Slim majority back convicting Donald Trump at his impeachment trial

Slim majority back convicting Donald Trump at his impeachment trial with 56% in favor and 44% against – but Republicans strongly back the ex-president

  • A slim majority of Americans back the Senate convicting former President Donald Trump at his impeachment trial for inciting an insurrection 
  • A CBS News/YouGov survey found that 56 per cent of Americans believe Trump should be convicted and the same percentage said he encouraged violence 
  • Polling on the matter falls in line with party preference with just 8 per cent of Trump’s 2020 voters believing he should be convicted 
  • 81 per cent of Trump voters, as well as 71 per cent of Republicans viewed GOP lawmakers who voted in favor of Trump’s impeachment as ‘disloyal’ 

A slim majority of Americans back the Senate convicting former President Donald Trump at his impeachment trial for inciting an insurrection, new polling found.  

A CBS News/YouGov survey that was released Tuesday found that 56 per cent of Americans believe Trump should be convicted, with the same percentage saying the ex-president encouraged violence at the Capitol. 

Polling on the matter falls in line with party preference, with just 8 per cent of Trump’s 2020 voters believing he should be convicted, as well as 17 per cent of survey respondents who said they were Republicans. 

A majority of Americans believe President Donald Trump should be convicted by the Senate and believe he was responsible for the violence at the Capitol Building, but the number of Democrats is much bigger than the number of Republicans and Trump supporters 

New polling found a slim majority of Americans believe Trump should be convicted by the Senate in his second impeachment trial, but Republicans are still very supportive of the ex-president 

Breaking down the question of whether Trump encouraged violence at the Capitol, while 56 per cent believe he did, just 21 per cent of self-described Republicans say so, compared to 88 per cent of Democrats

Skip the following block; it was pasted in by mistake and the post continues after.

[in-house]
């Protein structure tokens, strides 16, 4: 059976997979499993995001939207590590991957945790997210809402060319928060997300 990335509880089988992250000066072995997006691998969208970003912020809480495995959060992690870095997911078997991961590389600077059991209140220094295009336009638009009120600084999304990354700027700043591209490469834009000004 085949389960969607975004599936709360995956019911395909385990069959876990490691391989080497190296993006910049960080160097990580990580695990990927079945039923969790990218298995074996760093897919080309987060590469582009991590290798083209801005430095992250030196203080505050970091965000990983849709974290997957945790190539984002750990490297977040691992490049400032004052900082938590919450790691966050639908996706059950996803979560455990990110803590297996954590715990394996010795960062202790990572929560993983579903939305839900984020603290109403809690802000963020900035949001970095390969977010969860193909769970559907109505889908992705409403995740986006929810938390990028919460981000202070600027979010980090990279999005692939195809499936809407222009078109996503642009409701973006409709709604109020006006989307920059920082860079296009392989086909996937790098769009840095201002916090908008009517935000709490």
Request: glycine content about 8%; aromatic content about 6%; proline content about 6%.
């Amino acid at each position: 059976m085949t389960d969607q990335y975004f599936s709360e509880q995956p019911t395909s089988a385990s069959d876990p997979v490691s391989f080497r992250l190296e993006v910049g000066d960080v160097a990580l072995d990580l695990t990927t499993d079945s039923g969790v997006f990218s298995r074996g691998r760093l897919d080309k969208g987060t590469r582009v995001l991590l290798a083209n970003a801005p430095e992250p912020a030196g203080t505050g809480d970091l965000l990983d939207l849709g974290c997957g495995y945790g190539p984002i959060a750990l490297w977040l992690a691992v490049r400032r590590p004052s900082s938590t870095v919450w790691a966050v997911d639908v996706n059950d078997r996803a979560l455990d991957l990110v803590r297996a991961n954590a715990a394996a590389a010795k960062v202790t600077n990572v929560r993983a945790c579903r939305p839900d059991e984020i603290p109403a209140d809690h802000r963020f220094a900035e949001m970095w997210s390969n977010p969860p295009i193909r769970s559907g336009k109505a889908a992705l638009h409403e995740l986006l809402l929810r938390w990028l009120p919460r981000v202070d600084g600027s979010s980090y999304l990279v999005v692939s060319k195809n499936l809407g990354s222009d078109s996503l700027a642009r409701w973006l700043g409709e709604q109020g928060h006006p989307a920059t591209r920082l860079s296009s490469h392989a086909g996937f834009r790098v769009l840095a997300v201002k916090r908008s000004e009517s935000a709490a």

While just 15 per cent of respondents said they were interested in a new Trump political party, that number more than doubles among Republicans, with 33 per cent expressing yes and another 37 per cent who said maybe 

On the question of whether Trump encouraged violence, while 56 per cent said so overall, just 21 per cent of Republicans agreed. 

Among Democrats that number was 88 per cent, with 54 per cent of independents believing so too.  

Ninety-two per cent of Trump voters and 84 per cent of Republicans viewed the impeachment trial, which kicks off Tuesday, as a ‘distraction.’ 

And 81 per cent of Trump voters, as well as 71 per cent of Republicans viewed GOP lawmakers who voted in favor of Trump’s impeachment as ‘disloyal.’  

In general, there wasn’t much appetite for Trump for start his own party – with just 15 per cent of respondents saying yes.  

However, among Trump’s 2020 voters, 37 per cent said yes, they would join a new Trump party, while 37 per cent said maybe. Among Republicans, 33 per cent said yes and 37 per cent said maybe.  

Trump’s lies about election fraud have seeped in to his voters’ beliefs, as just 26 per cent of Trump’s 2020 voters said they believed President Joe Biden was the legitimate winner of the race. Among Republicans the total was 34 per cent. 

Among Biden voters that number stood at 99 per cent.  

Republicans were more likely to view Democrats as ‘enemies’ – parroting language Trump often used – than the other way around. 

Pollsters found that 57 per cent of Republicans viewed Democrats as ‘enemies,’ while 43 per cent saw them as opposition. 

The survey than found that 59 per cent of Democrats viewed Republicans as political opposition, while 41 per cent said they were enemies. 

Members of both parties, however, said they found violence unacceptable. 

Overall, 91 per cent of all respondents agreed. 

That included 94 per cent of Biden voters, 91 per cent of Trump voters, 93 per cent of Democrats and 89 per cent of Republicans, the poll found.  

The CBS News survey was conducted by YouGov between February 5 and 8 with 2,508 Americans interviewed. 

It has a margin of error of plus or minus 2.3 per cent.   

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